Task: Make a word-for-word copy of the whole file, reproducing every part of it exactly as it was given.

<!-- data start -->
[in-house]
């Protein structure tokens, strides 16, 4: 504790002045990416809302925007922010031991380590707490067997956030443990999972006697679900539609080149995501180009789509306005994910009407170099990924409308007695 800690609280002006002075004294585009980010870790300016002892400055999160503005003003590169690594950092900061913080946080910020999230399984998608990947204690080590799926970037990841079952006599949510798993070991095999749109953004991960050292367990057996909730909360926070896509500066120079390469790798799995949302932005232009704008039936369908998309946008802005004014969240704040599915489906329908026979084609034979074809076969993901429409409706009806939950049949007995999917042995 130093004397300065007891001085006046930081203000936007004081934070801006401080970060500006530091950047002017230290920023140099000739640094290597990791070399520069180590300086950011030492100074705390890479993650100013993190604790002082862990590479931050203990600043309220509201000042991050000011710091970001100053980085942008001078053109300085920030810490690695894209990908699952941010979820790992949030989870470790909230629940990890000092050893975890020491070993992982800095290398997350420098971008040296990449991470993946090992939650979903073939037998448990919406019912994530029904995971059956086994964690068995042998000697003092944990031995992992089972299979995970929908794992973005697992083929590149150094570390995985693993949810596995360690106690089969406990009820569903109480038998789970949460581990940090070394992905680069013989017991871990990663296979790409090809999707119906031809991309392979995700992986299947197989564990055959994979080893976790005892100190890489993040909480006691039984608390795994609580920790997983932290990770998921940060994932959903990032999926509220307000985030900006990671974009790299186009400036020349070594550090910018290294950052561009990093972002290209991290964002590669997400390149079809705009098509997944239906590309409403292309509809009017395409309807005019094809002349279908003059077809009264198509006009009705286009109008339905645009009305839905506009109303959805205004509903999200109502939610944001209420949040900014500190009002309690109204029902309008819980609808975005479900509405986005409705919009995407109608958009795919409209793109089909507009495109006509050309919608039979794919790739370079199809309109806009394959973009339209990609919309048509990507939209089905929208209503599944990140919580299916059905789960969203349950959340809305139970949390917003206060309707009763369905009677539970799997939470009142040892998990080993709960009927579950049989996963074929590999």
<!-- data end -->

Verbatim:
[in-house]
């Protein structure tokens, strides 16, 4: 504790002045990416809302925007922010031991380590707490067997956030443990999972006697679900539609080149995501180009789509306005994910009407170099990924409308007695 800690609280002006002075004294585009980010870790300016002892400055999160503005003003590169690594950092900061913080946080910020999230399984998608990947204690080590799926970037990841079952006599949510798993070991095999749109953004991960050292367990057996909730909360926070896509500066120079390469790798799995949302932005232009704008039936369908998309946008802005004014969240704040599915489906329908026979084609034979074809076969993901429409409706009806939950049949007995999917042995 130093004397300065007891001085006046930081203000936007004081934070801006401080970060500006530091950047002017230290920023140099000739640094290597990791070399520069180590300086950011030492100074705390890479993650100013993190604790002082862990590479931050203990600043309220509201000042991050000011710091970001100053980085942008001078053109300085920030810490690695894209990908699952941010979820790992949030989870470790909230629940990890000092050893975890020491070993992982800095290398997350420098971008040296990449991470993946090992939650979903073939037998448990919406019912994530029904995971059956086994964690068995042998000697003092944990031995992992089972299979995970929908794992973005697992083929590149150094570390995985693993949810596995360690106690089969406990009820569903109480038998789970949460581990940090070394992905680069013989017991871990990663296979790409090809999707119906031809991309392979995700992986299947197989564990055959994979080893976790005892100190890489993040909480006691039984608390795994609580920790997983932290990770998921940060994932959903990032999926509220307000985030900006990671974009790299186009400036020349070594550090910018290294950052561009990093972002290209991290964002590669997400390149079809705009098509997944239906590309409403292309509809009017395409309807005019094809002349279908003059077809009264198509006009009705286009109008339905645009009305839905506009109303959805205004509903999200109502939610944001209420949040900014500190009002309690109204029902309008819980609808975005479900509405986005409705919009995407109608958009795919409209793109089909507009495109006509050309919608039979794919790739370079199809309109806009394959973009339209990609919309048509990507939209089905929208209503599944990140919580299916059905789960969203349950959340809305139970949390917003206060309707009763369905009677539970799997939470009142040892998990080993709960009927579950049989996963074929590999």